by April Scheinoha
The Thief River Falls City Council has approved selling the Municipal Service Center property to Digi-Key to aid in its expansion plans. The council unanimously approved selling the property for $1,368,000 to Digi-Key. The sale was approved at a special council meeting Tuesday, May 30.
As part of the agreement, the city will pay the actual cost of asbestos removal in an amount not to exceed $100,000. The sale is expected to close on or before June 20.
Prior to accepting an offer from Digi-Key, the city had obtained an appraisal at its own cost. The appraisal came back at the above amount. The sale was approved after the council met in closed session for about 15 minutes before reconvening in public.
Digi-Key is planning to build a one-million square foot fulfillment, valued-added manufacturing and warehouse center on the site of its current western parking lot. A skywalk would connect the new building to the current facility. Located southwest of Digi-Key, the city property would become the company’s new western parking lot.
Digi-Key would like the Electric Department to move by July 31 in order to facilitate the start of construction in spring 2018. Mayor Brian Holmer noted that construction is expected to take three years.
Digi-Key’s project is estimated to add an additional 1,000-plus jobs over 10 years at Digi-Key. The building, technology and equipment are expected to be an investment of $300 million in Thief River Falls, according to information provided by the city.
The sale comes on the heels of the Minnesota Legislature approving several incentives for Digi-Key to expand here. Those incentives for Digi-Key included $4 million in tax incentives per year for 10 years, and $4 million through the state’s Investment Fund. Holmer noted that the city will receive $1.6 million for city infrastructure as well as an increase in Local Government Aid.
Holmer said the governor signed all of the bills related to the expansion plan with the exception of the tax bill. However, the tax bill is becoming law without Gov. Mark Dayton’s signature. (Later that evening, it was announced that Dayton had signed the tax bill after being advised by legal representatives to do so.) Holmer’s announcement was met with applause in council chambers.
Dave Doherty, Digi-Key president and chief operating officer, and Rick Trontvet, Digi-Key’s vice president of administration and human resources, attended the special council meeting.
“We’re just ecstatic to hear the preliminary news,” said Trontvet, who noted Digi-Key needed to confirm some items before making a formal public statement.
Trontvet thanked all of those involved. He said the level of support provided by the city, Pennington County and the state of Minnesota were nothing short of wonderful. He further acknowledged that Digi-Key appreciates the city’s efforts in helping the company secure the parcel on its available timeline.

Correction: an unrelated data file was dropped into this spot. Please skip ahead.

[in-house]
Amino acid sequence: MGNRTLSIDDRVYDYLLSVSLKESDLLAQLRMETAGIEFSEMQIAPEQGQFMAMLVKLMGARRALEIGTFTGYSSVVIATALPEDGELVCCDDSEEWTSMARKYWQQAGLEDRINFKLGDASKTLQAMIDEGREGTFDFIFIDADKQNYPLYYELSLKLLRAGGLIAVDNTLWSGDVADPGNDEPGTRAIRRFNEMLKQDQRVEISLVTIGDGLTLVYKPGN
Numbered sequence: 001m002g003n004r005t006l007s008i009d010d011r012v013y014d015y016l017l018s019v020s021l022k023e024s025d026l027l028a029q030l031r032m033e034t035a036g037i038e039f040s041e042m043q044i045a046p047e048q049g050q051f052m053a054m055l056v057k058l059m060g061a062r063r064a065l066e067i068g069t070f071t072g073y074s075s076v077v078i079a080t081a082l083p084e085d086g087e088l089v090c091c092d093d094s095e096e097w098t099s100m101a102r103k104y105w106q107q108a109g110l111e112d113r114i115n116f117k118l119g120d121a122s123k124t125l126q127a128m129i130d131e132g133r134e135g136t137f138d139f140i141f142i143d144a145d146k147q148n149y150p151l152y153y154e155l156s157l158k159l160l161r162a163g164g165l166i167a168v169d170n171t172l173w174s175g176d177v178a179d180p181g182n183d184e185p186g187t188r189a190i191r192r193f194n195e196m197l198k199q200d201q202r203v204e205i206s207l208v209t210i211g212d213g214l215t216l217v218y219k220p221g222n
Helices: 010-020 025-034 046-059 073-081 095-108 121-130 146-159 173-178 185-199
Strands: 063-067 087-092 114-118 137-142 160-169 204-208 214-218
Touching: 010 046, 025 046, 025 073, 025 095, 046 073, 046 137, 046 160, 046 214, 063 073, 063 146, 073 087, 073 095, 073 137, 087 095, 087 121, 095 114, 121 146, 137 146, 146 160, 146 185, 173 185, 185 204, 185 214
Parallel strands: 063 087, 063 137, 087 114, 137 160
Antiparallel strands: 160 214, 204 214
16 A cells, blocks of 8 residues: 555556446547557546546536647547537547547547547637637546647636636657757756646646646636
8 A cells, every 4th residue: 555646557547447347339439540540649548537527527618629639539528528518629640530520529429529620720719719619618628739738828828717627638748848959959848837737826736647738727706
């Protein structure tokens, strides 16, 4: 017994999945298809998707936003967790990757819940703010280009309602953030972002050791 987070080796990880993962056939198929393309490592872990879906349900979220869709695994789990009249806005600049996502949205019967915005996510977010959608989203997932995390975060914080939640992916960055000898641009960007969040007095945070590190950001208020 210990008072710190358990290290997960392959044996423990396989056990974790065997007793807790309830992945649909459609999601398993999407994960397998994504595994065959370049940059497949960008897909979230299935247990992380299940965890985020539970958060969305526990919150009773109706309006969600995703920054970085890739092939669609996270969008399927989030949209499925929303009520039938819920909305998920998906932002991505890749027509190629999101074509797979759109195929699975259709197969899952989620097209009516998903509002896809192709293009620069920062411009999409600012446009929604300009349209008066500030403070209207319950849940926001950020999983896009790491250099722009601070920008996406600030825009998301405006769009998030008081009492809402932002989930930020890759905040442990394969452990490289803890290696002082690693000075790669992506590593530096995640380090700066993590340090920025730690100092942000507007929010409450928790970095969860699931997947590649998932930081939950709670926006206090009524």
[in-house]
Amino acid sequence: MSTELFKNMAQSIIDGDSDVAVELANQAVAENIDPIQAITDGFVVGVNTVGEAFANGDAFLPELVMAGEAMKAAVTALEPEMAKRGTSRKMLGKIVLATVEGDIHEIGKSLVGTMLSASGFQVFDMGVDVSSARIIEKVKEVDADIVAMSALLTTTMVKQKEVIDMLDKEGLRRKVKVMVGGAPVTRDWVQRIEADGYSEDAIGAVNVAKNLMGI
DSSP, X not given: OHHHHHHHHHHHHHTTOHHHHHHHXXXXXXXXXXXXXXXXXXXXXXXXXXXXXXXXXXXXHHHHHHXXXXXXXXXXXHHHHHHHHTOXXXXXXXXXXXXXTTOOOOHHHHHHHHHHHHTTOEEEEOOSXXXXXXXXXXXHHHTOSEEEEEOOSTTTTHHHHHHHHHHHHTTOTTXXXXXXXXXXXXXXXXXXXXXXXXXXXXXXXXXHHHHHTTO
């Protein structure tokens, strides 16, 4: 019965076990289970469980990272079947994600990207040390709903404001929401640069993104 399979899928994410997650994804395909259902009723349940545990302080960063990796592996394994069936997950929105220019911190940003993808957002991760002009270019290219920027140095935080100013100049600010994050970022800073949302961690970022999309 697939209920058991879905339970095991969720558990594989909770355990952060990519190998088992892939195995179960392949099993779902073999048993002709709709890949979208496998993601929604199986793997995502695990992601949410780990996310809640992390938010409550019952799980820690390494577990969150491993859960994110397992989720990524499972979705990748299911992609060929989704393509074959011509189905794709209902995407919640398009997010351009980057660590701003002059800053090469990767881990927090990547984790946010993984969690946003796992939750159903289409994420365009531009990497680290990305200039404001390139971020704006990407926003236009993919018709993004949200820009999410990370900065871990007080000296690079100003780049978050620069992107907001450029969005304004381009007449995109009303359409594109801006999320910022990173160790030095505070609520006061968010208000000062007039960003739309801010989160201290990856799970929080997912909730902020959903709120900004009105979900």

The city has already approved a Tax Increment Financing district for the project. Digi-Key and its consultant are currently reviewing the development agreement for the TIF district. The annual tax increment is estimated to be up to $1,112,926 for the Digi-Key project. Tax increment can be used for land acquisition, site improvements/preparation, utilities, and other qualifying improvements. The nine-year TIF plan has an estimated budget of $9,793,859, which includes administrative costs and interest.
It is estimated that the property will have a market value of $36,689,615 after the improvements are made. It currently has a market value of $6,521,915.
It has been four months since city officials learned of Digi-Key’s expansion plans. Saying it felt longer than four months, Holmer thanked city staff, the council subcommittee and the council for their assistance in this partnership with Digi-Key.
Electric Department equipment, offices
The sale of the property means that the city’s Electric Department will be without a home. After approving the sale of the Municipal Service Center property, council members approved leasing a 17,000-square-foot building owned by Darin Robson. The city plans to store some of its Electric Department equipment there until it constructs a permanent home for the Electric Department.
As part of the lease, the city will rent the building for $5.00 per square foot for two years. The lease also contains an option for a third year at $5.50 per square foot. Robson’s building is located west of Thief River Falls and south of the Hefty Seed Company. The Robson property is adjacent to the city limits, so the city Electric Department will be paying Red Lake Electric for electricity.
“We have pretty much looked everywhere within a one-mile radius of the city of Thief River,” said Electric Superintendent Dale Narlock, who noted the Robson property was deemed the only viable option.
Holmer said the Electric Department offices will be located at the former HDR Engineering building. That city-owned building is located next to the Thief River Falls Fire Hall. Earlier, the city had contacted Pennington County about possibly renting City Auditorium for that purpose.
At an earlier meeting, the council also approved leasing property owned by Clayton Thompson and Verna Thompson for $750 per month from now until March 31, 2018. Equipment will be stored at that property, which is located along 140th Avenue Northeast.
It is expected that additional Electric Department equipment will be stored at the former ITS Auto building, which the city already owns.